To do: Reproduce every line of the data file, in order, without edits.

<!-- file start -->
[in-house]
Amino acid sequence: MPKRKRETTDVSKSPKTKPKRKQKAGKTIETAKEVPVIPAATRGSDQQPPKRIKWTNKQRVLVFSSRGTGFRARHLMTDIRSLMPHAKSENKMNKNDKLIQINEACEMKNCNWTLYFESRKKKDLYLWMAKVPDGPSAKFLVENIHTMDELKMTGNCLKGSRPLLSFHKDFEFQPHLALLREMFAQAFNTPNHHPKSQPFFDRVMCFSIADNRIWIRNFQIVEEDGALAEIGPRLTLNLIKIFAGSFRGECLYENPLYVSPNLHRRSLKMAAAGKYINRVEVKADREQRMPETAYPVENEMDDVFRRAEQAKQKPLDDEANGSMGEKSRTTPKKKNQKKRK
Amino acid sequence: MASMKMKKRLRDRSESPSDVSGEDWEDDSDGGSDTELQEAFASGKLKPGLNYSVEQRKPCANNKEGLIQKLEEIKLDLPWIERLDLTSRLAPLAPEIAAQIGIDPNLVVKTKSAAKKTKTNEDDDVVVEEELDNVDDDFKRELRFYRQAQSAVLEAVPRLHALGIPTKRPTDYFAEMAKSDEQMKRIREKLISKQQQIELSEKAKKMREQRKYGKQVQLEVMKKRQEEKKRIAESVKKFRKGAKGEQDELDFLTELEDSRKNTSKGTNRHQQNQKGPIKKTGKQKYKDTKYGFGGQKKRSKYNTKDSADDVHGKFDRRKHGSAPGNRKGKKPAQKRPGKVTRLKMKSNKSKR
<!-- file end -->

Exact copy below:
[in-house]
Amino acid sequence: MPKRKRETTDVSKSPKTKPKRKQKAGKTIETAKEVPVIPAATRGSDQQPPKRIKWTNKQRVLVFSSRGTGFRARHLMTDIRSLMPHAKSENKMNKNDKLIQINEACEMKNCNWTLYFESRKKKDLYLWMAKVPDGPSAKFLVENIHTMDELKMTGNCLKGSRPLLSFHKDFEFQPHLALLREMFAQAFNTPNHHPKSQPFFDRVMCFSIADNRIWIRNFQIVEEDGALAEIGPRLTLNLIKIFAGSFRGECLYENPLYVSPNLHRRSLKMAAAGKYINRVEVKADREQRMPETAYPVENEMDDVFRRAEQAKQKPLDDEANGSMGEKSRTTPKKKNQKKRK
Amino acid sequence: MASMKMKKRLRDRSESPSDVSGEDWEDDSDGGSDTELQEAFASGKLKPGLNYSVEQRKPCANNKEGLIQKLEEIKLDLPWIERLDLTSRLAPLAPEIAAQIGIDPNLVVKTKSAAKKTKTNEDDDVVVEEELDNVDDDFKRELRFYRQAQSAVLEAVPRLHALGIPTKRPTDYFAEMAKSDEQMKRIREKLISKQQQIELSEKAKKMREQRKYGKQVQLEVMKKRQEEKKRIAESVKKFRKGAKGEQDELDFLTELEDSRKNTSKGTNRHQQNQKGPIKKTGKQKYKDTKYGFGGQKKRSKYNTKDSADDVHGKFDRRKHGSAPGNRKGKKPAQKRPGKVTRLKMKSNKSKR